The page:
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Curious about loop optimization C++ - assembly

P: n/a
Hi,

Out of curiousity, I sometimes look at the produced assembly after
compilation in release mode.

What you often see, is that CPP, always fully addresses registers to copy
values from a to b...

While stosb,stosw, stosd etc and the same for movs[x] are one statement, and
internally use registers ESI and EDI (source, destination) to copy data.

This seems (imho) more efficient, however, CPP never uses this construct...
it always uses a lot more instructions.

imagine this loop (I simplified the idea, of course, memcpy would be
normally used)
DWORD anArray [10000];

// copy array while skipping uneven element positions

for (int mycounter=5000; mycounter != 0; mycounter--, element+=2)
anArray[element] = somesource[element];
could be optimized to

setup source and destination

MOV EDI, [anArray]
MOV ESI, [somesource]
MOV ECX, myCounter
DEC ECX
CLD // forward copy

mylabel:
MOVSD <--- actual loop and copy instruction
LOOP mylabel <-- decrement ECX until ECX == 0
Q: is the mentioned construct, simply not so efficient or is there a reason
the C++ compiler team decided not to try to optimize to this level?

Mar 20 '06 #1
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3 Replies


P: n/a
Egbert Nierop (MVP for IIS) wrote:
Hi,

Out of curiousity, I sometimes look at the produced assembly after
compilation in release mode.

What you often see, is that CPP, always fully addresses registers to
copy values from a to b...

While stosb,stosw, stosd etc and the same for movs[x] are one
statement, and internally use registers ESI and EDI (source,
destination) to copy data.
This seems (imho) more efficient, however, CPP never uses this
construct... it always uses a lot more instructions.

imagine this loop (I simplified the idea, of course, memcpy would be
normally used)
DWORD anArray [10000];

// copy array while skipping uneven element positions

for (int mycounter=5000; mycounter != 0; mycounter--, element+=2)
anArray[element] = somesource[element];
could be optimized to

setup source and destination

MOV EDI, [anArray]
MOV ESI, [somesource]
MOV ECX, myCounter
DEC ECX
CLD // forward copy

mylabel:
MOVSD <--- actual loop and copy instruction
LOOP mylabel <-- decrement ECX until ECX == 0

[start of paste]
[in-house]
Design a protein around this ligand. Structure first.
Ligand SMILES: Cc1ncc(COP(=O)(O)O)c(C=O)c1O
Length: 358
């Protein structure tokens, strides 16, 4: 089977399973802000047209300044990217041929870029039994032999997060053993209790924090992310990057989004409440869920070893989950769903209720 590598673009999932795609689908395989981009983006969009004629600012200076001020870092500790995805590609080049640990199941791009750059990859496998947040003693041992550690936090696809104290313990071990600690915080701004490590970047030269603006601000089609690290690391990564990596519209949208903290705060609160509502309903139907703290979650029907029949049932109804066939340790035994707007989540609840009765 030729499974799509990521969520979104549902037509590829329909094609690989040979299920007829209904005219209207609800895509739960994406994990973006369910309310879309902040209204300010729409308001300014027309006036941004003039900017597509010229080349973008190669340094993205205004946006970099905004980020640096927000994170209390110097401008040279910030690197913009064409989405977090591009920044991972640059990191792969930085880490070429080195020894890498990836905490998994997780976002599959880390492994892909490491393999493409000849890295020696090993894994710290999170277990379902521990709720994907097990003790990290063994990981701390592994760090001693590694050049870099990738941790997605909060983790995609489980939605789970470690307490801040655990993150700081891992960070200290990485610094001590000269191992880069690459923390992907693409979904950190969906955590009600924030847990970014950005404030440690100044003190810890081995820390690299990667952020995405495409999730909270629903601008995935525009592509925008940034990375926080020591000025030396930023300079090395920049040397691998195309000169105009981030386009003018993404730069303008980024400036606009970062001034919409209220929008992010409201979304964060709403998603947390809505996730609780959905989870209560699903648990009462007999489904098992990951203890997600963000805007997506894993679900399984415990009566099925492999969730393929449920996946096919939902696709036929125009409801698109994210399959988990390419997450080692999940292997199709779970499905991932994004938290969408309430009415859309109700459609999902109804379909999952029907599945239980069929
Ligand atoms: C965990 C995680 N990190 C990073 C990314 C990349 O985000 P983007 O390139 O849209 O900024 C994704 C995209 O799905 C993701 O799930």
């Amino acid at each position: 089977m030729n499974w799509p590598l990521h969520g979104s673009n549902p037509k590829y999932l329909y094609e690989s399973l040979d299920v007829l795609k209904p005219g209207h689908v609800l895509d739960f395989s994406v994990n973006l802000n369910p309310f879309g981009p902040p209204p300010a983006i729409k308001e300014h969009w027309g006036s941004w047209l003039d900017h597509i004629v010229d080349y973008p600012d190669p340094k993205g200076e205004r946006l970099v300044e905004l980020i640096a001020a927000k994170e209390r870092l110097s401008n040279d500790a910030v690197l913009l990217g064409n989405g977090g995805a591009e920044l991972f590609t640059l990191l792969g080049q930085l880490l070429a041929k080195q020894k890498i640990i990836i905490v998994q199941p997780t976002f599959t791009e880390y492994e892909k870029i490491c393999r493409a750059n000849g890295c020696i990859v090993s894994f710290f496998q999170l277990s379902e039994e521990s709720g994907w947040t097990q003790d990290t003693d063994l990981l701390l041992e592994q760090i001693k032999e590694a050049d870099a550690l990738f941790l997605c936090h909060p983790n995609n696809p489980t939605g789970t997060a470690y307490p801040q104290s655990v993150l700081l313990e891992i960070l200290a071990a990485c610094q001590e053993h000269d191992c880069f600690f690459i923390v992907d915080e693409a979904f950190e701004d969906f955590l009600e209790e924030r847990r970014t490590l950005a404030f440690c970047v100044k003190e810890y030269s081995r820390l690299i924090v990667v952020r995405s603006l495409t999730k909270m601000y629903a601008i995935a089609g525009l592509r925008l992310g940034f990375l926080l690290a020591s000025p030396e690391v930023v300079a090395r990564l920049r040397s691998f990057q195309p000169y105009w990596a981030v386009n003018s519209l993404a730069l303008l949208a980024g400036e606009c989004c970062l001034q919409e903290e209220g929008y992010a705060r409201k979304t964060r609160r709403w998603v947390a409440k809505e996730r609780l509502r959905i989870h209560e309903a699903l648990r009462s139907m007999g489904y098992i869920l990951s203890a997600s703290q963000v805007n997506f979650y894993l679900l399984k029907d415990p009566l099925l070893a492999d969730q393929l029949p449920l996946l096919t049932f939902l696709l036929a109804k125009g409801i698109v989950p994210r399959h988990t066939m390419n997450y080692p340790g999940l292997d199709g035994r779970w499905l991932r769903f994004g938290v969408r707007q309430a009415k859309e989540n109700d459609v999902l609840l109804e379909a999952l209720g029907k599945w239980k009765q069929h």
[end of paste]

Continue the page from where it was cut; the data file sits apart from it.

Q: is the mentioned construct, simply not so efficient or is there a
reason the C++ compiler team decided not to try to optimize to this
level?


The LOOP and MOVS instructions are horribly slow on modern CPUs because they
don't make effective use of the deep pipeline in the CPU. The longer
instruction sequence actually executes many times faster.

IIRC, VC++ did generate LOOP/MOVS years ago (VC1-4 maybe?), but has gone
away from using those constructs since maybe the Pentium.

-cd
Mar 20 '06 #2

P: n/a

"Carl Daniel [VC++ MVP]" <cp*****************************@mvps.org.nospam >
wrote in message news:el**************@TK2MSFTNGP11.phx.gbl...
Egbert Nierop (MVP for IIS) wrote:
Hi,

DWORD anArray [10000];

// copy array while skipping uneven element positions

for (int mycounter=5000; mycounter != 0; mycounter--, element+=2)
anArray[element] = somesource[element];
could be optimized to

setup source and destination

MOV EDI, [anArray]
MOV ESI, [somesource]
MOV ECX, myCounter
DEC ECX
CLD // forward copy

mylabel:
MOVSD <--- actual loop and copy instruction
LOOP mylabel <-- decrement ECX until ECX == 0
Q: is the mentioned construct, simply not so efficient or is there a
reason the C++ compiler team decided not to try to optimize to this
level?


The LOOP and MOVS instructions are horribly slow on modern CPUs because
they don't make effective use of the deep pipeline in the CPU. The longer
instruction sequence actually executes many times faster.


Interesting!

This seems to prove the remark of some C++ / ASM programmer somewhere on the
web. He stated that he could not optimize code anymore better than C++ did.
Normally, I tend to think 'ok, so he was not up to the task' but I seemed
wrong (again :-) ) .
Mar 20 '06 #3

P: n/a

"Carl Daniel [VC++ MVP]" <cp*****************************@mvps.org.nospam >
wrote in message news:el**************@TK2MSFTNGP11.phx.gbl...
Egbert Nierop (MVP for IIS) wrote:
Hi,


Nope,
I've beaten the C++ optimization by 25% (by testing 100MB !) but this might
be true on a ATHLON 64, not for other CPUS possibly...

Anyway, you were right, that one cannot state, the less ASM instructions,
the faster!
ps: Function below is not meant to 'decode' be for real (it skips unicode
coding). Just for fun...

void __stdcall AnsiToBstr(PCSTR ansi, BSTR bstr, int writtenLen)
{
//#ifdef _M_IX86
DWORD ticks = GetTickCount();
__asm XOR AH, AH // just to clear the high part of our unicode char (= 2
bytes)
__asm MOV ECX, writtenLen // initialize our loop
__asm DEC ECX // our loop counter
__asm MOV EDI, [bstr] // destination index
__asm MOV ESI, [ansi] // source index
__asm labell:
__asm MOV AL, BYTE PTR [ESI] // copy a string byte
__asm MOV [EDI], AX
__asm INC EDI
__asm INC EDI
__asm INC ESI
__asm DEC ECX
__asm JNZ labell

//#else
wprintf(L"%d\n", GetTickCount() - ticks);
ticks = GetTickCount();

for (int loopit =
writtenLen - 1;
loopit != 0;
loopit--, bstr++, ansi++)
bstr[0] = ansi[0];
wprintf(L"%d\n", GetTickCount() - ticks);

//#endif
}
Mar 20 '06 #4

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